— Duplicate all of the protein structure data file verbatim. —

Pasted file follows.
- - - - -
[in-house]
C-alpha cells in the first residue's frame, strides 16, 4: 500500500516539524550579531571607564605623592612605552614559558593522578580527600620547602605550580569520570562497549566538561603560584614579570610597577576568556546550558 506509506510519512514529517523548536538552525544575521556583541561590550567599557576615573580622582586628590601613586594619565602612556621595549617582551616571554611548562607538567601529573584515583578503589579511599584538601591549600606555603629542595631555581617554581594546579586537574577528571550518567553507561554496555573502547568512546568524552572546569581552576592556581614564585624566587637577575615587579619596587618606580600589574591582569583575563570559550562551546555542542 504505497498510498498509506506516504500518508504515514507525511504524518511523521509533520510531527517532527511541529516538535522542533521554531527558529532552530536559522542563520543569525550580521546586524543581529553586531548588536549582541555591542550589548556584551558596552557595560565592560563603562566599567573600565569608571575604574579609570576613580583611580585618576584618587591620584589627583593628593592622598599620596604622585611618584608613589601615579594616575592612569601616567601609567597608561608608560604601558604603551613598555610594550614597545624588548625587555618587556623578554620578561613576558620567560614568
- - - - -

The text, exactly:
[in-house]
C-alpha cells in the first residue's frame, strides 16, 4: 500500500516539524550579531571607564605623592612605552614559558593522578580527600620547602605550580569520570562497549566538561603560584614579570610597577576568556546550558 506509506510519512514529517523548536538552525544575521556583541561590550567599557576615573580622582586628590601613586594619565602612556621595549617582551616571554611548562607538567601529573584515583578503589579511599584538601591549600606555603629542595631555581617554581594546579586537574577528571550518567553507561554496555573502547568512546568524552572546569581552576592556581614564585624566587637577575615587579619596587618606580600589574591582569583575563570559550562551546555542542 504505497498510498498509506506516504500518508504515514507525511504524518511523521509533520510531527517532527511541529516538535522542533521554531527558529532552530536559522542563520543569525550580521546586524543581529553586531548588536549582541555591542550589548556584551558596552557595560565592560563603562566599567573600565569608571575604574579609570576613580583611580585618576584618587591620584589627583593628593592622598599620596604622585611618584608613589601615579594616575592612569601616567601609567597608561608608560604601558604603551613598555610594550614597545624588548625587555618587556623578554620578561613576558620567560614568